Dad and I both had read reviews claiming hybrids experience awkward delays after pressing the brake pedal, and likewise that the acceleration is a bit dodgy while the car switches from electric to engine. Though the hybrid was my preferred choice between the two cars I'd picked out, I wanted to make sure I could live with these braking and accelerating issues (if they existed), so I took the hybrid out first. We got out onto the road, hopped on a highway, and I didn't notice any issues with the acceleration / deceleration. Cruise control worked as expected (I use cruise all the time, so that was an important test). Overall, it was a beautiful car. When we got back to the dealership, we hopped out of one car right into the other. My parents and I pretty much knew right away that I'd be picking the first car over this second one. Had I driven the second one first, maybe I would have loved it, but simply put: it just wasn't as nice a car as the hybrid (mostly owing to it not being as spec'd out). I drove it anyway, just to see if it handled any differently. Same model, the only difference was no hybrid assist.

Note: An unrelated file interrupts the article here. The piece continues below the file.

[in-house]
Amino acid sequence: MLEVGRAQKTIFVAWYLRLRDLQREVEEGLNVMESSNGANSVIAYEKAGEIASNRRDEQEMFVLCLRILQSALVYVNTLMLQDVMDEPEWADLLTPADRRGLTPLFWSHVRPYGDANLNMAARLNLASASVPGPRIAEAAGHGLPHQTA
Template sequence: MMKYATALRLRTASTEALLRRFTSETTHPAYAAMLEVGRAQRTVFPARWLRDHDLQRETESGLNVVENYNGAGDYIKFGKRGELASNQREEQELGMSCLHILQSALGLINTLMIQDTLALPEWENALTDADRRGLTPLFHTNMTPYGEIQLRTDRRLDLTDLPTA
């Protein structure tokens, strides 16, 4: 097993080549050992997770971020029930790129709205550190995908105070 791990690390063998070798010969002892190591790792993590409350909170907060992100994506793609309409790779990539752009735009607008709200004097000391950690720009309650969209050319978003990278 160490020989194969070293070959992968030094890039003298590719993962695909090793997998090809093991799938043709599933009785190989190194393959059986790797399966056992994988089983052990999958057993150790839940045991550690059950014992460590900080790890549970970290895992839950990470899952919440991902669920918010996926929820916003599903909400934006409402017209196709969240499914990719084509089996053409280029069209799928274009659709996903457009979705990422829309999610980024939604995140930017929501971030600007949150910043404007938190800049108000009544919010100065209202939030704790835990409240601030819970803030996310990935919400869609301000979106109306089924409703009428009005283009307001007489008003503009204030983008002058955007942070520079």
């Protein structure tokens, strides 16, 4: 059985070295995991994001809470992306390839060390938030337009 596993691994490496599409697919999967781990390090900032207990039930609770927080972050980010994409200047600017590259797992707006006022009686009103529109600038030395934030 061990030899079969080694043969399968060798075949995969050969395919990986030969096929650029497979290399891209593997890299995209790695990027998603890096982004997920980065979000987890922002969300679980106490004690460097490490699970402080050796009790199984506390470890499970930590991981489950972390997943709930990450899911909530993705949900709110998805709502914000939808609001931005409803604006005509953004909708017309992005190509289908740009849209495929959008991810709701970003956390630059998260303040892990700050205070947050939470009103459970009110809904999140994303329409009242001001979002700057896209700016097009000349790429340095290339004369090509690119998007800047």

That is where the fun ended.

Back at Lisa's desk, we looked through all the numbers. And by "looked through," I mean I completely mis-read the deceptively phrased numbers. Yes, shocking as it is, the dealer lied about how much the car would actually cost. The real tragedy, though, is that I didn't catch her deception until much, much later. For that moment, right after the test drive, all I saw was "good deal."

I realized I'd left some important paperwork at home, like my proof of insurance (it's in my car... which I didn't drive because Mom and Dad picked me up). Fortunately, my insurance agent's office was open, so they faxed over new insurance papers, already valid for the new car. Shortly thereafter, Lisa deposited my parents and I in the waiting area and took her leave, while we waited, and waited, and waited some more, for the financing guy. During this time, I came to the awful realization that, despite all my research about how to haggle car deals, I'd completely forgotten to negotiate. I was pissed at myself (still am). The whole point of going at the end of the month was to put myself in a good negotiating position, and I utterly failed.

After a long wait, Mr Financing (Mike) made his appearance, brought us into his office, and I began signing paper after paper after paper. Granted, the house I live in I bought from my parents, but seriously, buying this car took several-fold more papers than buying my house.

Much time was spent haggling over warranties and extra options. In this at least, I remembered what I'd read online, and politely declined their deals-that-aren't-really-deals.